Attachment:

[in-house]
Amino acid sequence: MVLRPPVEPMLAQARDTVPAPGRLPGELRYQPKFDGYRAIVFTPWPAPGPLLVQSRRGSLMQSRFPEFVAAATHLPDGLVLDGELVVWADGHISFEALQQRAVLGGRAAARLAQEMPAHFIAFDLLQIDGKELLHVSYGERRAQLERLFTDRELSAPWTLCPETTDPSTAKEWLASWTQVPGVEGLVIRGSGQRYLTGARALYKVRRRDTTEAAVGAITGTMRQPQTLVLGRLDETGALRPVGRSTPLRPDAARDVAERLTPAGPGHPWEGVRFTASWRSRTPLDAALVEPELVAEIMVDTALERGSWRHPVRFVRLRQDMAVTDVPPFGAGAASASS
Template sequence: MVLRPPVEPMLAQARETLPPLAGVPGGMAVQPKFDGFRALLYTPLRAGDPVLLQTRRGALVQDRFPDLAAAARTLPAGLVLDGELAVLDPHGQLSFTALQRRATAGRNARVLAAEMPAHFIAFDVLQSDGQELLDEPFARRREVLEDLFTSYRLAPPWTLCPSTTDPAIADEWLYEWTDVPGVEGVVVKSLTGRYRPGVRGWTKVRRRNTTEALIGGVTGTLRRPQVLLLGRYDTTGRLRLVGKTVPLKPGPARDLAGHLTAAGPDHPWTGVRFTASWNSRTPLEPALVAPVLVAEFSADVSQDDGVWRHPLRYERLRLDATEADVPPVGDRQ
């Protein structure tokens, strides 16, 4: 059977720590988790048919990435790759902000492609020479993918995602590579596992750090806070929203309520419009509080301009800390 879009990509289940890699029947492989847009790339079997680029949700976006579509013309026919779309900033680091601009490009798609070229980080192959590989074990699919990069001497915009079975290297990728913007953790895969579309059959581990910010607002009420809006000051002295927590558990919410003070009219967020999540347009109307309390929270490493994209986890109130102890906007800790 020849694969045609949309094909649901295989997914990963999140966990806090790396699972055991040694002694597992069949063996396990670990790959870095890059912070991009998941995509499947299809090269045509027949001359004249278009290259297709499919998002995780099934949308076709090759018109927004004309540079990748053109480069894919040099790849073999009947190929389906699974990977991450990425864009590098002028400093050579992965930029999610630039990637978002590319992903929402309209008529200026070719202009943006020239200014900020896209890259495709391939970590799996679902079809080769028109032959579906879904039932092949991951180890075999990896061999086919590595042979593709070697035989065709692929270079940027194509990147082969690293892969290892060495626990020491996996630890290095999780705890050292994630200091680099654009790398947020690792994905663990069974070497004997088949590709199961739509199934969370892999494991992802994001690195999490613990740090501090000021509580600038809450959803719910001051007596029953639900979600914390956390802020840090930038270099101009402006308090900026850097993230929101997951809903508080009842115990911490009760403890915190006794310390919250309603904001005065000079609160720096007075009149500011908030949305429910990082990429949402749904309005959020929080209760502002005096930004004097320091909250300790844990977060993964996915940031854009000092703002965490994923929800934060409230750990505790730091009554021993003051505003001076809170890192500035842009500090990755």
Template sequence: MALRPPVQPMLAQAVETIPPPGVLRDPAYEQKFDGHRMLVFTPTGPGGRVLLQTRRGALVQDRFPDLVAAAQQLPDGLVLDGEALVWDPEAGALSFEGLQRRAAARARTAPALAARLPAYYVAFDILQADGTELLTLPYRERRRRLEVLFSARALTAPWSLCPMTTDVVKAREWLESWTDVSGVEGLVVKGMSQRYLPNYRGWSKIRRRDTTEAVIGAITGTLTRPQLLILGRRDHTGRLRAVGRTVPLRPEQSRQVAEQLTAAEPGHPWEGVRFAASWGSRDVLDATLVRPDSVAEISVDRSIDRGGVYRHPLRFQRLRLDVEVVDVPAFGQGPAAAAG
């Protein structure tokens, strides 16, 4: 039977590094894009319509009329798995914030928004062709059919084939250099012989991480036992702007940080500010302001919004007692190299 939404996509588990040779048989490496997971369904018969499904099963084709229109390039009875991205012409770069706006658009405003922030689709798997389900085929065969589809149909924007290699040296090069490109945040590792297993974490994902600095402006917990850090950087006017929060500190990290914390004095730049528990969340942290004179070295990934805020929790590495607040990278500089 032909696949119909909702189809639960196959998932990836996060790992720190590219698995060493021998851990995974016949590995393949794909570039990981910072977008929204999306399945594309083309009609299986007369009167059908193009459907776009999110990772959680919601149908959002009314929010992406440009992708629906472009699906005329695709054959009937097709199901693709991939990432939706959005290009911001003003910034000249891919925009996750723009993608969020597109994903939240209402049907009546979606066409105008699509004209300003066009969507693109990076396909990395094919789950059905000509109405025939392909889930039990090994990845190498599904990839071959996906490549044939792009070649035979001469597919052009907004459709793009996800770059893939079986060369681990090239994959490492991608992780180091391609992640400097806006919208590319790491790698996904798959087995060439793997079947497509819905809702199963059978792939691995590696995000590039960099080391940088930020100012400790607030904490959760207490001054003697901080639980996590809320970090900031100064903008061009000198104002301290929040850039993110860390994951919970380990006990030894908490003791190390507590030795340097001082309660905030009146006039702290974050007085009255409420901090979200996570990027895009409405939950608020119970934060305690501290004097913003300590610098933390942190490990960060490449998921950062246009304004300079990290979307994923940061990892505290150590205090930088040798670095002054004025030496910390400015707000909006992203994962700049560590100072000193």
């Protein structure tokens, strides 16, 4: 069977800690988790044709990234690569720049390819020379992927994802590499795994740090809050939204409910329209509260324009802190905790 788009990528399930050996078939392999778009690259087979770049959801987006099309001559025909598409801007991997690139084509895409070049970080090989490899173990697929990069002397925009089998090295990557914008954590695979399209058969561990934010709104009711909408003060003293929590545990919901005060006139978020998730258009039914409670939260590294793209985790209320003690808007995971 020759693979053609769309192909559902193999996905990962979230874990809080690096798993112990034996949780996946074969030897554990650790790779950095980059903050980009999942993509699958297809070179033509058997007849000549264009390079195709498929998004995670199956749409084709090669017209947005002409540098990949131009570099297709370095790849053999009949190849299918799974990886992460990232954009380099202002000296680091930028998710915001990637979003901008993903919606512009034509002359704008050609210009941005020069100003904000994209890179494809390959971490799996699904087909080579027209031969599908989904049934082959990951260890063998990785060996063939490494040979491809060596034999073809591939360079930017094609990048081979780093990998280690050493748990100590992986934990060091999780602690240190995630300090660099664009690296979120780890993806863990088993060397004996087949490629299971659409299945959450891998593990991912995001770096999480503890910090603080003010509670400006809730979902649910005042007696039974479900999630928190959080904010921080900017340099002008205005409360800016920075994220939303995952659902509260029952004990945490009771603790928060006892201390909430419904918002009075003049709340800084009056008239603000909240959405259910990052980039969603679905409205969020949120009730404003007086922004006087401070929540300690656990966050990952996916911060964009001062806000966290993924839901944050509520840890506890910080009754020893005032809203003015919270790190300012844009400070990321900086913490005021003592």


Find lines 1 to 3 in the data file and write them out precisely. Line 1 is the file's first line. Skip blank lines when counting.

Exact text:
[in-house]
Amino acid sequence: MVLRPPVEPMLAQARDTVPAPGRLPGELRYQPKFDGYRAIVFTPWPAPGPLLVQSRRGSLMQSRFPEFVAAATHLPDGLVLDGELVVWADGHISFEALQQRAVLGGRAAARLAQEMPAHFIAFDLLQIDGKELLHVSYGERRAQLERLFTDRELSAPWTLCPETTDPSTAKEWLASWTQVPGVEGLVIRGSGQRYLTGARALYKVRRRDTTEAAVGAITGTMRQPQTLVLGRLDETGALRPVGRSTPLRPDAARDVAERLTPAGPGHPWEGVRFTASWRSRTPLDAALVEPELVAEIMVDTALERGSWRHPVRFVRLRQDMAVTDVPPFGAGAASASS
Template sequence: MVLRPPVEPMLAQARETLPPLAGVPGGMAVQPKFDGFRALLYTPLRAGDPVLLQTRRGALVQDRFPDLAAAARTLPAGLVLDGELAVLDPHGQLSFTALQRRATAGRNARVLAAEMPAHFIAFDVLQSDGQELLDEPFARRREVLEDLFTSYRLAPPWTLCPSTTDPAIADEWLYEWTDVPGVEGVVVKSLTGRYRPGVRGWTKVRRRNTTEALIGGVTGTLRRPQVLLLGRYDTTGRLRLVGKTVPLKPGPARDLAGHLTAAGPDHPWTGVRFTASWNSRTPLEPALVAPVLVAEFSADVSQDDGVWRHPLRYERLRLDATEADVPPVGDRQ